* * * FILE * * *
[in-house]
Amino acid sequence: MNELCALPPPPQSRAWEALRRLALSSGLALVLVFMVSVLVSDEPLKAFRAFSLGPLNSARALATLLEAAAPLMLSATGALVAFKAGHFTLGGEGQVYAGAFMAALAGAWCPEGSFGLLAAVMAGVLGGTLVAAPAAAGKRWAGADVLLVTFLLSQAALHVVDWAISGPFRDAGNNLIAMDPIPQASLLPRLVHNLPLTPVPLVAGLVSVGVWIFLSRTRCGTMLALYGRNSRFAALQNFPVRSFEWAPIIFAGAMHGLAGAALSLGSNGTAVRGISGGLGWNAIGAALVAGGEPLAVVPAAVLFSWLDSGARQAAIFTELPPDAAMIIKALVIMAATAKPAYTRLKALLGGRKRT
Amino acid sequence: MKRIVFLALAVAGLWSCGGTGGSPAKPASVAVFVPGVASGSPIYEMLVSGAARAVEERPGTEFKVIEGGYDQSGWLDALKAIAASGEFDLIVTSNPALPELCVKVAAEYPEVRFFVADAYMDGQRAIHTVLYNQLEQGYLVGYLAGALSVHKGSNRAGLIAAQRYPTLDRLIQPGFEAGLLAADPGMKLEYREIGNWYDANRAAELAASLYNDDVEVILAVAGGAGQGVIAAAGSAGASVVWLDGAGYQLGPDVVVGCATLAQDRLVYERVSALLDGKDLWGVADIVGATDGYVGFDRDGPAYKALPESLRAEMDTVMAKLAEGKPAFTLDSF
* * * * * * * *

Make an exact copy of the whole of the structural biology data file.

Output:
[in-house]
Amino acid sequence: MNELCALPPPPQSRAWEALRRLALSSGLALVLVFMVSVLVSDEPLKAFRAFSLGPLNSARALATLLEAAAPLMLSATGALVAFKAGHFTLGGEGQVYAGAFMAALAGAWCPEGSFGLLAAVMAGVLGGTLVAAPAAAGKRWAGADVLLVTFLLSQAALHVVDWAISGPFRDAGNNLIAMDPIPQASLLPRLVHNLPLTPVPLVAGLVSVGVWIFLSRTRCGTMLALYGRNSRFAALQNFPVRSFEWAPIIFAGAMHGLAGAALSLGSNGTAVRGISGGLGWNAIGAALVAGGEPLAVVPAAVLFSWLDSGARQAAIFTELPPDAAMIIKALVIMAATAKPAYTRLKALLGGRKRT
Amino acid sequence: MKRIVFLALAVAGLWSCGGTGGSPAKPASVAVFVPGVASGSPIYEMLVSGAARAVEERPGTEFKVIEGGYDQSGWLDALKAIAASGEFDLIVTSNPALPELCVKVAAEYPEVRFFVADAYMDGQRAIHTVLYNQLEQGYLVGYLAGALSVHKGSNRAGLIAAQRYPTLDRLIQPGFEAGLLAADPGMKLEYREIGNWYDANRAAELAASLYNDDVEVILAVAGGAGQGVIAAAGSAGASVVWLDGAGYQLGPDVVVGCATLAQDRLVYERVSALLDGKDLWGVADIVGATDGYVGFDRDGPAYKALPESLRAEMDTVMAKLAEGKPAFTLDSF